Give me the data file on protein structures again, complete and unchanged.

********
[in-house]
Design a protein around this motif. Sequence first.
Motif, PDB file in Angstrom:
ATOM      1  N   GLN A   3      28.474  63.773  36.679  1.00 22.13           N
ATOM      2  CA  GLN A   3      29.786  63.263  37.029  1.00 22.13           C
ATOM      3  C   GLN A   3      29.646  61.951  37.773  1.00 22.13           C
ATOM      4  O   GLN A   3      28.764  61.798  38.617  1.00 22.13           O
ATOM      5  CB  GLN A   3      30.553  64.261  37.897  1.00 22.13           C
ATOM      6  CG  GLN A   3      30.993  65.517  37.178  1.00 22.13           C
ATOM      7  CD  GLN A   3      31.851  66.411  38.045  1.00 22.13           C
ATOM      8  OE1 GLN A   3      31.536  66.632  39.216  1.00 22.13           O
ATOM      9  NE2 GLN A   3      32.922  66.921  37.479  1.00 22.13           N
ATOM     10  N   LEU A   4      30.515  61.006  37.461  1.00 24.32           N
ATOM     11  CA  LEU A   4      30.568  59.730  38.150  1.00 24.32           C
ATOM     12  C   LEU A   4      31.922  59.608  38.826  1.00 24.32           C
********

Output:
[in-house]
Design a protein around this motif. Sequence first.
Motif, PDB file in Angstrom:
ATOM      1  N   GLN A   3      28.474  63.773  36.679  1.00 22.13           N
ATOM      2  CA  GLN A   3      29.786  63.263  37.029  1.00 22.13           C
ATOM      3  C   GLN A   3      29.646  61.951  37.773  1.00 22.13           C
ATOM      4  O   GLN A   3      28.764  61.798  38.617  1.00 22.13           O
ATOM      5  CB  GLN A   3      30.553  64.261  37.897  1.00 22.13           C
ATOM      6  CG  GLN A   3      30.993  65.517  37.178  1.00 22.13           C
ATOM      7  CD  GLN A   3      31.851  66.411  38.045  1.00 22.13           C
ATOM      8  OE1 GLN A   3      31.536  66.632  39.216  1.00 22.13           O
ATOM      9  NE2 GLN A   3      32.922  66.921  37.479  1.00 22.13           N
ATOM     10  N   LEU A   4      30.515  61.006  37.461  1.00 24.32           N
ATOM     11  CA  LEU A   4      30.568  59.730  38.150  1.00 24.32           C
ATOM     12  C   LEU A   4      31.922  59.608  38.826  1.00 24.32           C